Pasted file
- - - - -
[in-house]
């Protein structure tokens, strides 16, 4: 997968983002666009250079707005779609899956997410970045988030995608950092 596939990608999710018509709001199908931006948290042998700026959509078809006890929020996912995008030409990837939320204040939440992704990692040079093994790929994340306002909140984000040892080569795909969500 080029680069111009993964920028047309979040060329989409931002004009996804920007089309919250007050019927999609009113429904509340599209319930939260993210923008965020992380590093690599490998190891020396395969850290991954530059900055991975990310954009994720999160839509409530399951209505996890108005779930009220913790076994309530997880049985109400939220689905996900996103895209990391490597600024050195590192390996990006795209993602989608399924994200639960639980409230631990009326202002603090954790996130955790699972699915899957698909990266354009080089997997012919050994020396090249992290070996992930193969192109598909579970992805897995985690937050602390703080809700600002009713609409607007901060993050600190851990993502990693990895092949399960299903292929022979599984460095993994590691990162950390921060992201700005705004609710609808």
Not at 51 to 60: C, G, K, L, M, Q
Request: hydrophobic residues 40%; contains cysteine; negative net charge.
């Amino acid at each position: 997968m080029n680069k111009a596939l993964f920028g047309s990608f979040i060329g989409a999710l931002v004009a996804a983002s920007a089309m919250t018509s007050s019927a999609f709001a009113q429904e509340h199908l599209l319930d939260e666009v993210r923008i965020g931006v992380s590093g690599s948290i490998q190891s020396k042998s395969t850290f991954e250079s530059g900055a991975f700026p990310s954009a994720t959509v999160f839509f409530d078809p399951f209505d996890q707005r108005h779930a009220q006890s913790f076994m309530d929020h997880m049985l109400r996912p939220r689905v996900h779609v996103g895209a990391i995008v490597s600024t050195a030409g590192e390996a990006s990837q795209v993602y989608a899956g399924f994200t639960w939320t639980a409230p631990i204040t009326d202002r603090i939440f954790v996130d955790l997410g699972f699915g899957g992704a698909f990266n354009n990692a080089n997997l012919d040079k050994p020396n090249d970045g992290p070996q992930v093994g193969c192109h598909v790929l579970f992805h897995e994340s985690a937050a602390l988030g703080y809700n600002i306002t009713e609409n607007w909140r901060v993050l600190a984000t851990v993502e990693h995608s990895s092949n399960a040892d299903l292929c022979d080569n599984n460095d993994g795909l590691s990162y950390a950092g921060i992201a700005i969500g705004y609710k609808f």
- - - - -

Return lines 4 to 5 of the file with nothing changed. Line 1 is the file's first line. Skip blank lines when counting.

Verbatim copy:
Request: hydrophobic residues 40%; contains cysteine; negative net charge.
């Amino acid at each position: 997968m080029n680069k111009a596939l993964f920028g047309s990608f979040i060329g989409a999710l931002v004009a996804a983002s920007a089309m919250t018509s007050s019927a999609f709001a009113q429904e509340h199908l599209l319930d939260e666009v993210r923008i965020g931006v992380s590093g690599s948290i490998q190891s020396k042998s395969t850290f991954e250079s530059g900055a991975f700026p990310s954009a994720t959509v999160f839509f409530d078809p399951f209505d996890q707005r108005h779930a009220q006890s913790f076994m309530d929020h997880m049985l109400r996912p939220r689905v996900h779609v996103g895209a990391i995008v490597s600024t050195a030409g590192e390996a990006s990837q795209v993602y989608a899956g399924f994200t639960w939320t639980a409230p631990i204040t009326d202002r603090i939440f954790v996130d955790l997410g699972f699915g899957g992704a698909f990266n354009n990692a080089n997997l012919d040079k050994p020396n090249d970045g992290p070996q992930v093994g193969c192109h598909v790929l579970f992805h897995e994340s985690a937050a602390l988030g703080y809700n600002i306002t009713e609409n607007w909140r901060v993050l600190a984000t851990v993502e990693h995608s990895s092949n399960a040892d299903l292929c022979d080569n599984n460095d993994g795909l590691s990162y950390a950092g921060i992201a700005i969500g705004y609710k609808f």